Autism around the Globe banner
Image of young Caucasian boy staring blankly ahead - click here to read about Autism around the Globe
Image of an elderly disabled gentleman - click here to read about autism
Image of a young Hispanic family - click here to submit your story
Image of the blow-up globe held by hands of people of different races - click here for Resource Directory
Image of a young Asian girl  of school age - click here to read about NLMFF
Image of three young Asian children being taught by an elderly teacher - click here to contact us


USA                                                                                                                                               Image of flag of USA

A Miracle of Persistence and Courage

We never know when miracles will occur, but in our hearts, we hope that they will. We know that assumptions and expectations about the special needs population can fuel limited aspirations and lead to inhibiting anxiety that can only enhance the special needs child’s sense of being depressingly different. We exist in part to show these young men, women, and their families that many of the assumptions about their diagnoses are false. When we can prove that these assumptions are false, that’s when miracles happen.

Brandon’s development was problematic from the start. By the age of six months, he was extremely underweight and had jaundice. Developmentally, he was very behind and unable to sit up, roll over, stand, or make eye contact. At the age of 5, we found out Brandon had strabismus, a vision condition that required him to undergo five surgeries to fix his eyesight. A few years later, we were finally able to potty-train him and he began talking in sentences.

In 2010, they discovered that Brandon had a genetic mutation which was causing these medical issues, including his abnormal gait. After a few years of very abnormal walking, a doctor took X-rays and discovered that he had scoliosis and that his right hip was misplaced. We were advised to have Brandon undergo surgery to correct his hip and were told he would be walking normally again within six months.

After the six months, Brandon still wasn’t walking. He became severely depressed and anxious. The physical therapy he went through made him so sick with fear that he was hospitalized many times. As a result, he remained in his wheelchair and would not allow anyone to take him out of it.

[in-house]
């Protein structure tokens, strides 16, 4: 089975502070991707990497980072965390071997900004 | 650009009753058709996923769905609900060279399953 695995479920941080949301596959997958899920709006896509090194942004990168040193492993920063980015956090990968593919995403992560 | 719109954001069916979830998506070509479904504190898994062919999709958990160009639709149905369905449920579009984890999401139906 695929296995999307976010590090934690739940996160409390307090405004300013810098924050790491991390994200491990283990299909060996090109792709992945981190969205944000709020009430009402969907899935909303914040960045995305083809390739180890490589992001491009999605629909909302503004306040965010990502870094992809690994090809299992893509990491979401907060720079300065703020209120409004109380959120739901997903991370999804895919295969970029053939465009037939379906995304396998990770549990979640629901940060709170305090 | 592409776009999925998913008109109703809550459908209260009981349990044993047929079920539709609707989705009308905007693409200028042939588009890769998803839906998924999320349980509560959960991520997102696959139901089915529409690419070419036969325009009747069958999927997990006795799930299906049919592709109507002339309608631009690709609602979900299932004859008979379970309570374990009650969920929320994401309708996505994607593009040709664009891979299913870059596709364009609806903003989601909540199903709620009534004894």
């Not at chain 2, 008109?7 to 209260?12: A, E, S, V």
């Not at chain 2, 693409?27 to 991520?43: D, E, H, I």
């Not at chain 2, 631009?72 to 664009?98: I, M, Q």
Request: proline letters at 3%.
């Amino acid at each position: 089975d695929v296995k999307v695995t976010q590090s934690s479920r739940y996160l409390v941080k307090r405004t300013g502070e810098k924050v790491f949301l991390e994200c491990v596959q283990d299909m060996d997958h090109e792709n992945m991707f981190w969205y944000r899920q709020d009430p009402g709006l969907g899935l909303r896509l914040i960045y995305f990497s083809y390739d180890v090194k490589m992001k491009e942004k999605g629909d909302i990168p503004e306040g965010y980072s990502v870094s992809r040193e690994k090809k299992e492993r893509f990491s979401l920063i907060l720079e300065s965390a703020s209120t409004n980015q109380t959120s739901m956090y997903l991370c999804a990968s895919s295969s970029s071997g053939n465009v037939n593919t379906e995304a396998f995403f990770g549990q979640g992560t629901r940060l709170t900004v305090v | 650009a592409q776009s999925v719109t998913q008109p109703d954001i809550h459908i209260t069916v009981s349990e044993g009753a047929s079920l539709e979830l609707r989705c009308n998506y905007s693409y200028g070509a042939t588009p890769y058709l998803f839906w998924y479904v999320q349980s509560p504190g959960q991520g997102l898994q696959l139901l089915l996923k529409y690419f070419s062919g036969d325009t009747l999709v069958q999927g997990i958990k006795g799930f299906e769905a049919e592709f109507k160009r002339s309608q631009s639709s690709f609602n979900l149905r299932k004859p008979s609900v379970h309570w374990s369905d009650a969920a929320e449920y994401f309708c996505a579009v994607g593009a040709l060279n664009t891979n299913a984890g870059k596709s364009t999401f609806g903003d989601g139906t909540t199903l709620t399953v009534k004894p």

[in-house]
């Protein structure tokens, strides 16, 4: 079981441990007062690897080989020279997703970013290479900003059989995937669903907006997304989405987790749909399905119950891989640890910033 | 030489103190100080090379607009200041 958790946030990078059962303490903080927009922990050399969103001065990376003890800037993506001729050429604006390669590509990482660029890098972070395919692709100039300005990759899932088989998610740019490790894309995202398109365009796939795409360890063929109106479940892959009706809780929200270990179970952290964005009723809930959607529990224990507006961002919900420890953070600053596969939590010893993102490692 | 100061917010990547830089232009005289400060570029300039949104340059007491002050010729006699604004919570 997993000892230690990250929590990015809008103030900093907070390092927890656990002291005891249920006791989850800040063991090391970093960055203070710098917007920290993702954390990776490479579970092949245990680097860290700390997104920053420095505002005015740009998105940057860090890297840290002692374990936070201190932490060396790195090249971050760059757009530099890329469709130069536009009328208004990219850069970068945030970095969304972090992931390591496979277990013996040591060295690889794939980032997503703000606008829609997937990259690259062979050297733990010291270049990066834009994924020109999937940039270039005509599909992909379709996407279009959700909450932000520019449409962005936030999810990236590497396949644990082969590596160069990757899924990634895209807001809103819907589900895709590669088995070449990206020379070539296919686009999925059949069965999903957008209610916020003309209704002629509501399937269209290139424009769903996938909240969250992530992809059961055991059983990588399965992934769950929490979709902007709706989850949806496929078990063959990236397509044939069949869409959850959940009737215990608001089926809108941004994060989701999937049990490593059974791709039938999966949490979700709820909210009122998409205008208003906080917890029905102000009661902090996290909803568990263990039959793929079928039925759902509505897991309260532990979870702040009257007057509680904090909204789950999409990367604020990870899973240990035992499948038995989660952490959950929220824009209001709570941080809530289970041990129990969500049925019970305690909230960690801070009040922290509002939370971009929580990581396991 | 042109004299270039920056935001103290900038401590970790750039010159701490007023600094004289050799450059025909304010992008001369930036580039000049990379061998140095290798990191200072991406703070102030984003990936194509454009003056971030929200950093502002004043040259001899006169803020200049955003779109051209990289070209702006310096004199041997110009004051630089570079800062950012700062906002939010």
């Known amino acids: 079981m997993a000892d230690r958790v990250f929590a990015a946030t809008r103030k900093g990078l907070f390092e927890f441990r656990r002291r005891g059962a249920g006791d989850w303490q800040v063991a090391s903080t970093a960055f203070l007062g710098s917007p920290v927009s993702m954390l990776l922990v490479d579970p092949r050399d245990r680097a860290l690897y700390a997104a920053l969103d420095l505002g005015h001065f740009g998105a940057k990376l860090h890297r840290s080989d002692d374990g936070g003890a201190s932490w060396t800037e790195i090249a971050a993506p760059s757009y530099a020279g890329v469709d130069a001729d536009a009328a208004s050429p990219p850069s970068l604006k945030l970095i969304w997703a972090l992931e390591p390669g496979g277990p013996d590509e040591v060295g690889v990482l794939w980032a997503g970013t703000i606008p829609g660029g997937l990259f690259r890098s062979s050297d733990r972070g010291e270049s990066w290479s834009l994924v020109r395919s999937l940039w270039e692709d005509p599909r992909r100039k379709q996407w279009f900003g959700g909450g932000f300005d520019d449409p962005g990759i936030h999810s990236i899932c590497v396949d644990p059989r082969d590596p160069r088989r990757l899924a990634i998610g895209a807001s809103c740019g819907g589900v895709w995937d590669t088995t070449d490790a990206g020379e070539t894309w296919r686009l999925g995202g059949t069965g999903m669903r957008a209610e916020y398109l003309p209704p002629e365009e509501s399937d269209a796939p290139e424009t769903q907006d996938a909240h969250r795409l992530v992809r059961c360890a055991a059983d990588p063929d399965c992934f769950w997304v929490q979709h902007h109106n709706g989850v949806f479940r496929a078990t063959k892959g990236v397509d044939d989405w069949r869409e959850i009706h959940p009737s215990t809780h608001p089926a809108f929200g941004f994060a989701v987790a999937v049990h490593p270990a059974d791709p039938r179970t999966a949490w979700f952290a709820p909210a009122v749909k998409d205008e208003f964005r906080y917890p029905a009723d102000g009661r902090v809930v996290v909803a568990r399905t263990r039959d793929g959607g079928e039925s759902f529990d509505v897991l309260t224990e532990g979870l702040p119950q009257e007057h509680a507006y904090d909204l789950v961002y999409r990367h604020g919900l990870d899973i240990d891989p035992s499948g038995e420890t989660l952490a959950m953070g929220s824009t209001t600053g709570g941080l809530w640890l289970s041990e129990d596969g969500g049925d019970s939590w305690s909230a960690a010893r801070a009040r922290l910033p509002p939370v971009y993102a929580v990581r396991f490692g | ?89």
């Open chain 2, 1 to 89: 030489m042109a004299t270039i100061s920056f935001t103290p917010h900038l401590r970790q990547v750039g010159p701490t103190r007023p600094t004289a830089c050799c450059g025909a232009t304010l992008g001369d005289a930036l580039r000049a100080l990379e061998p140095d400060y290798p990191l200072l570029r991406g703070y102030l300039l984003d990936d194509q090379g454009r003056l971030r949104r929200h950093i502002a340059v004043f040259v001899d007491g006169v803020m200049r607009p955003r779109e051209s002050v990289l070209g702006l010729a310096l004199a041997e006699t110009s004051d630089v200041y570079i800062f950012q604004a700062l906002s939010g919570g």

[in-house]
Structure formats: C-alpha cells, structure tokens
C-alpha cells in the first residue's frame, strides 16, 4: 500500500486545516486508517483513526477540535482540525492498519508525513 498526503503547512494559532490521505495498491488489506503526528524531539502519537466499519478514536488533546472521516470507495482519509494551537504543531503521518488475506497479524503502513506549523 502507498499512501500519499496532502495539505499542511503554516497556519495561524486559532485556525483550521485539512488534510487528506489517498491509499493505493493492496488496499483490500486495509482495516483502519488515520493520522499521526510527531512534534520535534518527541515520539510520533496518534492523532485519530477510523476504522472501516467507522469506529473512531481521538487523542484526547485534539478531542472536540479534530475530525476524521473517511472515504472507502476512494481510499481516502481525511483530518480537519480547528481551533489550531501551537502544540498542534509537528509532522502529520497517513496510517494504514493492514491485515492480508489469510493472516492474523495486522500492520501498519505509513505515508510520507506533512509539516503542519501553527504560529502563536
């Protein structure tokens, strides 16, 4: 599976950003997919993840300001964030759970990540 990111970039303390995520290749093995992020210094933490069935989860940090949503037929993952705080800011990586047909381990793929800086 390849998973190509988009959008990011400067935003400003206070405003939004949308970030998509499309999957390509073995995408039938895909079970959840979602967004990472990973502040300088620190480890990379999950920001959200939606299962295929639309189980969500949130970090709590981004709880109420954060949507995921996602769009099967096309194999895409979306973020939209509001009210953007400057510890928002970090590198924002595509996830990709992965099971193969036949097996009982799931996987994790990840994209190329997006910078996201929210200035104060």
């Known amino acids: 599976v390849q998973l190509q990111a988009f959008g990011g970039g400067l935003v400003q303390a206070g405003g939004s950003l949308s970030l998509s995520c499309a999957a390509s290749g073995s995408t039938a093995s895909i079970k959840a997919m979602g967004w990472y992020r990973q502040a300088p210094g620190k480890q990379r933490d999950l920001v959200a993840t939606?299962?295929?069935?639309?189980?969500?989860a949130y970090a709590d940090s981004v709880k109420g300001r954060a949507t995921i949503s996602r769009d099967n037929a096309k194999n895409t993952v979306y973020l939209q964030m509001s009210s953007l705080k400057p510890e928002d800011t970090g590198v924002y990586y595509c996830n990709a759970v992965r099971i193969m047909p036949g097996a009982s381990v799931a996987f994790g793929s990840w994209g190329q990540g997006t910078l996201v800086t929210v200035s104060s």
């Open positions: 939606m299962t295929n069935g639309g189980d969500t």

Brandon had been unable to walk in the eight years since the hip surgery. We were at a point where they needed to buy him a new wheelchair; however, when approached about the need for a new wheelchair, Brandon expressed that he didn’t want any more wheelchairs. He wanted to walk and he wanted to do it on his own. The problem was that we didn’t know how to help him until we saw an advertisement for a company called Special Strong.

On June 4, 2019, we responded to an offer for a free, 7-day gym pass at Special Strong services for our then 17-year-old son, Brandon. Special Strong offers gym training for special needs individuals. Their goal is to help people with Down syndrome, Autism, Cerebral Palsy, Rare Genetic Conditions and many more conditions lose weight, improve stamina and boost socialization through fitness and nutrition training, private training, group classes, and certification courses. When we heard about Special Strong and their special needs gym, we had a glimmer of hope that maybe Brandon might walk again.

Hope. It often leads to small decisions that have major consequences. Instead of buying the new wheelchair, we decided instead to invest in a personal trainer, Daniel, who worked out of McKinney, TX.

On July 15th, 2019, Brandon had a thorough baseline evaluation and his first training session with Special Strong. They saw his potential and shared with Brandon that they knew there would be a day when he would walk again. Brandon smiled at the thought. He didn’t resist the idea at all but he told them he was scared of falling and getting hurt. He also confided in his trainer about his other struggles: how people looked at him differently and how he didn’t feel accepted by some of his peers. He also stated that he believed he didn’t have a girlfriend because of his inability to walk.
Importantly, Brandon seemed to trust his trainer enough to confide in him and share his fears. His journey had begun.